Norton would be dressed in a blue uniform, with gold-plated epaulets provided by army officers and a beaver hat further decorated with a peacock feather and rosette. There are accounts that say he was known to inspect the condition of public property and the dress standards of police officers, to give philosophical expositions, to attend plays in seats reserved for him, and to eat for free in establishments that valued his presence for the publicity, sometimes with brass plaques under the entrance declaring “by Appointment to his Imperial Majesty, Emperor Norton I of the United States.”
The Encyclopedia of San Francisco suggests he spent 50 cents-a-night (not self-issued currency) for accommodation. He would walk to the Empire Hostel to read his paper, then spend the day on a park bench with friends including the Chinese man Ah How. Norton would decry the unequal treatment of the Chinese in San Francisco.
One story suggests that Norton once stood between a violent mob and Chinese workers during an anti-Chinese riot, protecting the Chinese workers by repeating the Lord’s Prayer until the rioters dispersed.
Norton was said to be good at chess and a great reader who spent much time in these activities at the libraries of various San Francisco clubs. He also used their stationary for the purpose of writing some of his proclamations. He attended church on Sundays, alternating the church he visited. On Saturdays, he attended a Jewish temple. Of this, Norton said, “I think it is my duty to encourage religion and morality by showing myself at church and to avoid jealousy I attend them all in turn.”
William Drury said of Norton, “He carried a dignified and regal air about him, but was seen as a kind, affable man, inclined to be jocular in conversation. He spoke rationally and intelligently about any subject, except about himself or his empire.”
It is suggested, by Samuel Dickinson in Tales of San Francisco, that Norton would be accompanied at plays by two other San Francisco celebrities, a pair of mongrel dogs named Bummer and Lazarus, who were by some accounts, pets of Norton. Stray dogs were, by law, destroyed, but these two had been adopted by the Board of Supervisors, as a reward for their duties in killing the rats that overran the city. Both dogs were well known in San Francisco, and SF resident Mark Twain provided a eulogy for Lazarus when he died. Twain also knew Norton, and based the character of “the King” who appeared in The Adventures of Huck Finn on him. Of Norton he said; “O dear, it was always a painful thing for me to see the Emperor begging, for although nobody else believed he was an emperor, he believed it.”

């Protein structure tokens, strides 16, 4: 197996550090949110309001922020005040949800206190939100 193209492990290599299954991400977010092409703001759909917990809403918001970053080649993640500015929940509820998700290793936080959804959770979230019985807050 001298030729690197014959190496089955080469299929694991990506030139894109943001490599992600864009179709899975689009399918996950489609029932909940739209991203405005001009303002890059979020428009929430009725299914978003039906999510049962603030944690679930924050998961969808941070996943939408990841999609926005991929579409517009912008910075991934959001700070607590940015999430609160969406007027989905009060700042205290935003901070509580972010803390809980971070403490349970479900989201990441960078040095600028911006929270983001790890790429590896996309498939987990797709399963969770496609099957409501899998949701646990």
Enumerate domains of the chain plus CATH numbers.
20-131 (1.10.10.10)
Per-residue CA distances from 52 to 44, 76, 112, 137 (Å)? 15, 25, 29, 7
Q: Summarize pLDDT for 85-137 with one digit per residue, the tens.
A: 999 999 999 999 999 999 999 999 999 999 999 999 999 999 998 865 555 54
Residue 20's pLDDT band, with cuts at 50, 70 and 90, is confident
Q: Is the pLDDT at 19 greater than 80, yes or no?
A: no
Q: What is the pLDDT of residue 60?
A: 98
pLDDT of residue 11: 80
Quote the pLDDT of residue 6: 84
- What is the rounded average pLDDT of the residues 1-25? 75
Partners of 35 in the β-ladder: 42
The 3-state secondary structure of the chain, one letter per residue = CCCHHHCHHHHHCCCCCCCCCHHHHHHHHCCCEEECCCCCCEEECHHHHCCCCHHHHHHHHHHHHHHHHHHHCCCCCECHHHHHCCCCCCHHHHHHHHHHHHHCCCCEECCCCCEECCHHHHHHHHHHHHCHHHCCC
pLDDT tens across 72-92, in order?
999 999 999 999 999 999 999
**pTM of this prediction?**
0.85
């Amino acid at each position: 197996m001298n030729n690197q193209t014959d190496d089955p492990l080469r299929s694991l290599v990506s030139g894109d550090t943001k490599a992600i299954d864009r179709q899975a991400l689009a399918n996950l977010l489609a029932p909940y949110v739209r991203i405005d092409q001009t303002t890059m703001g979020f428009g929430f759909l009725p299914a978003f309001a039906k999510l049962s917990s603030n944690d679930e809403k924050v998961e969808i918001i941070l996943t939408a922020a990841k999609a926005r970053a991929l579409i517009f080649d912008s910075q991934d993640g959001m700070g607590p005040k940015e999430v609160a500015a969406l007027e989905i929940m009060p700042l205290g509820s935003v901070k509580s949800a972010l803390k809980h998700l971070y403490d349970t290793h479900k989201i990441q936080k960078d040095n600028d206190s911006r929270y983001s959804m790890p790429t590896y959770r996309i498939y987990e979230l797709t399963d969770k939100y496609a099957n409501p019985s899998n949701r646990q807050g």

In 1867 Norton was arrested and placed in a mental institution, though outrage from the public ensured his release. He offered an Imperial Pardon to the policeman responsible, and thereafter was saluted by the police as he passed.
Norton was occasionally the victim of practical jokes in this mode. He was occasionally sent telegrams that alleged to be from other political figures of the time, or he would discover that some other bright spark had been issuing proclamations in his name. As far as can be known, he seems to have suffered these indignities with good grace, with the exception of a broken window in the case of a particularly insulting cartoon. Certain falsified telegrams, perhaps a prank on the emperor, were found amongst his possessions upon his death, along with very small amounts of money.
Norton died in 1880, succumbing to a sanguineous apoplexy. His funeral was large, by some accounts having 30,000 attendees. He was buried in a rosewood casket, provided by a business men’s association, the Pacific Club, at the Masonic Cemetery and at the expense of the city of San Francisco.
Norton now lies with the other previous residents of the Masonic cemetery, in the graveyard in Colma. His grave is between two trees atop a hill, a large dark grave with deep gold letters emblazoned in it. In front of his grave is a surprising second; the grave of The Widow Norton, who I later discovered was reserved for the still living drag queen Jose Sarria, a San Francisco feature, the first openly gay person in the USA to run for political office. Only a few months after my visit, Jose continued his journey to the big drag show in the sky. At his funeral, “fit for an empress” Bay Area Reporter columnist Donna Sachet performed a song titled “The Norton Family” to the tune of “The Addams Family.” The Gay and Lesbian Freedom Band played “As The Saints Go Marching In” as his casket was lowered.